The November rally seems to have paused, at least for a bit. No matter. There is always a way into the fight! Meanwhile, I want to explain why I love stock buybacks, using Kraft Heinz (KHC) as an example, writes Keith Fitz-Gerald, editor of 5 With Fitz.

Many investors don’t like buybacks because they think management should be “investing” in the company rather than buying back its own shares. That’s a mistake. Buybacks increase the true shareholder yield and, in doing so, make your shares considerably more valuable.

Take KHC, for instance. The company just authorized a $3B buyback after what it calls a “milestone” quarter during which management reported a 108.2% jump in free cash flow that topped nearly $2B.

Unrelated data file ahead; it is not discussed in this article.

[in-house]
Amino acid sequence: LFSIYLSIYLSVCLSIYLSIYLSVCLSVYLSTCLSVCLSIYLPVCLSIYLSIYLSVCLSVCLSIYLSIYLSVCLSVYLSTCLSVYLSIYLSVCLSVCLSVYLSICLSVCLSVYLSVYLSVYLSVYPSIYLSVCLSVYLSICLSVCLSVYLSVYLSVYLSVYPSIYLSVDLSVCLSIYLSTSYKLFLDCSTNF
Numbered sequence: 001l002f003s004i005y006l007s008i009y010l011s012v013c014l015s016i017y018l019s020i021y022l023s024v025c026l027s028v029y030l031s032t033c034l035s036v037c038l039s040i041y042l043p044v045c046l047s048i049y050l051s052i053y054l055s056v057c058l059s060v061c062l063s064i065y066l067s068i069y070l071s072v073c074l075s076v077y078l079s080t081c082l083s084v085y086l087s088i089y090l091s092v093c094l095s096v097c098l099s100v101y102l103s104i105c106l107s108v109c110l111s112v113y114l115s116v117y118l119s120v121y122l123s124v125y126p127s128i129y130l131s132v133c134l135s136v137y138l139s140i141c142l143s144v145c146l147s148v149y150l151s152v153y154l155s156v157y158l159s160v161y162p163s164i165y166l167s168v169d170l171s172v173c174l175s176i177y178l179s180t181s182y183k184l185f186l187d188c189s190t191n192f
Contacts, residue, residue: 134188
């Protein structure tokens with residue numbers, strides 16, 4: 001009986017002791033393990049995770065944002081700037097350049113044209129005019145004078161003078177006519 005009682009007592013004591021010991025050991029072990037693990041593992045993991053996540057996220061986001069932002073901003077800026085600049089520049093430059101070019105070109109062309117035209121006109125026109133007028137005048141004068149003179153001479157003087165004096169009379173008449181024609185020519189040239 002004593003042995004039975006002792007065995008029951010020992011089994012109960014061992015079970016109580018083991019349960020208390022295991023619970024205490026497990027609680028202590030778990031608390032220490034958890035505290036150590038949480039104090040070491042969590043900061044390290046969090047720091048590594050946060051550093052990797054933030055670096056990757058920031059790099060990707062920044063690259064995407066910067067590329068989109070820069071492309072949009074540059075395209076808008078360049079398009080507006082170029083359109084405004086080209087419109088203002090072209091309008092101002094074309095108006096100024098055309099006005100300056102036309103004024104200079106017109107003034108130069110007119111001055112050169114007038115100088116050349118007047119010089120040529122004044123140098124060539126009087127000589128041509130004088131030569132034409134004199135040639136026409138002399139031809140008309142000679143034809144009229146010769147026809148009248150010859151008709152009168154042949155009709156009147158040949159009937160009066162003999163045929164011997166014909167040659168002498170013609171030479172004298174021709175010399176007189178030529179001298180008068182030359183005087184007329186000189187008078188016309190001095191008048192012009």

Kraft Heinz (KHC)
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Makes sense. The company’s listed yield—meaning what you see on the typical financial website—is 3.44%. But the true shareholder yield ahead of this announcement was 5.7% (Dividend Yield + Buyback Yield + Debt Paydown = True Shareholder Yield).

That’s just gone up. True shareholder yield is a more accurate, important way to measure returns than the commonly cited dividend yield. That’s because it combines dividends, buybacks like the one I’m telling you about, and debt reduction.

In doing so, it allows you to gauge a company’s managerial effectiveness more accurately when compared to other investment alternatives.

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